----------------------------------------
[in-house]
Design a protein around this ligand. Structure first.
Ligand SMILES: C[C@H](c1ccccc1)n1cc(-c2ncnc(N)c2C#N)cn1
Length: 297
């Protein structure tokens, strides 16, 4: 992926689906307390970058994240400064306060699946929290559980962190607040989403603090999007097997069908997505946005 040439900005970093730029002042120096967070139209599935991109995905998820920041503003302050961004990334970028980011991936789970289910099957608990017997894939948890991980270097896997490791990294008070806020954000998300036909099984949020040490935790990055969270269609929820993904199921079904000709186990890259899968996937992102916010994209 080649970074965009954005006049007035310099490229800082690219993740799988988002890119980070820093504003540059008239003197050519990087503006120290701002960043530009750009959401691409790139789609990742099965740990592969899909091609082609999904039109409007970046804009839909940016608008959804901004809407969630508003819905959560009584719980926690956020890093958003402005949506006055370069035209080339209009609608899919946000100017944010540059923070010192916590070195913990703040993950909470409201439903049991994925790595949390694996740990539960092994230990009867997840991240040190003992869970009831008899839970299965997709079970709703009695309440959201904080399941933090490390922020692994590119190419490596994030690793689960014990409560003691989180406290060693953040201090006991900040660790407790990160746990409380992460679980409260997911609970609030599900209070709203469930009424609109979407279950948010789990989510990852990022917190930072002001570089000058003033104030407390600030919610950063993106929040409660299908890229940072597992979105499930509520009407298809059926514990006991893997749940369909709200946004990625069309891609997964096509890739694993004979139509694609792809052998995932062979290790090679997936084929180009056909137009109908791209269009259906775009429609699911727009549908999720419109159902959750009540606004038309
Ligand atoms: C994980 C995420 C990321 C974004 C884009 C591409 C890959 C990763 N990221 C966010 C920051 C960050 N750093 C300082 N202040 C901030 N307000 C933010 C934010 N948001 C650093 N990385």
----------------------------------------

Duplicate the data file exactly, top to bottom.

[in-house]
Design a protein around this ligand. Structure first.
Ligand SMILES: C[C@H](c1ccccc1)n1cc(-c2ncnc(N)c2C#N)cn1
Length: 297
């Protein structure tokens, strides 16, 4: 992926689906307390970058994240400064306060699946929290559980962190607040989403603090999007097997069908997505946005 040439900005970093730029002042120096967070139209599935991109995905998820920041503003302050961004990334970028980011991936789970289910099957608990017997894939948890991980270097896997490791990294008070806020954000998300036909099984949020040490935790990055969270269609929820993904199921079904000709186990890259899968996937992102916010994209 080649970074965009954005006049007035310099490229800082690219993740799988988002890119980070820093504003540059008239003197050519990087503006120290701002960043530009750009959401691409790139789609990742099965740990592969899909091609082609999904039109409007970046804009839909940016608008959804901004809407969630508003819905959560009584719980926690956020890093958003402005949506006055370069035209080339209009609608899919946000100017944010540059923070010192916590070195913990703040993950909470409201439903049991994925790595949390694996740990539960092994230990009867997840991240040190003992869970009831008899839970299965997709079970709703009695309440959201904080399941933090490390922020692994590119190419490596994030690793689960014990409560003691989180406290060693953040201090006991900040660790407790990160746990409380992460679980409260997911609970609030599900209070709203469930009424609109979407279950948010789990989510990852990022917190930072002001570089000058003033104030407390600030919610950063993106929040409660299908890229940072597992979105499930509520009407298809059926514990006991893997749940369909709200946004990625069309891609997964096509890739694993004979139509694609792809052998995932062979290790090679997936084929180009056909137009109908791209269009259906775009429609699911727009549908999720419109159902959750009540606004038309
Ligand atoms: C994980 C995420 C990321 C974004 C884009 C591409 C890959 C990763 N990221 C966010 C920051 C960050 N750093 C300082 N202040 C901030 N307000 C933010 C934010 N948001 C650093 N990385």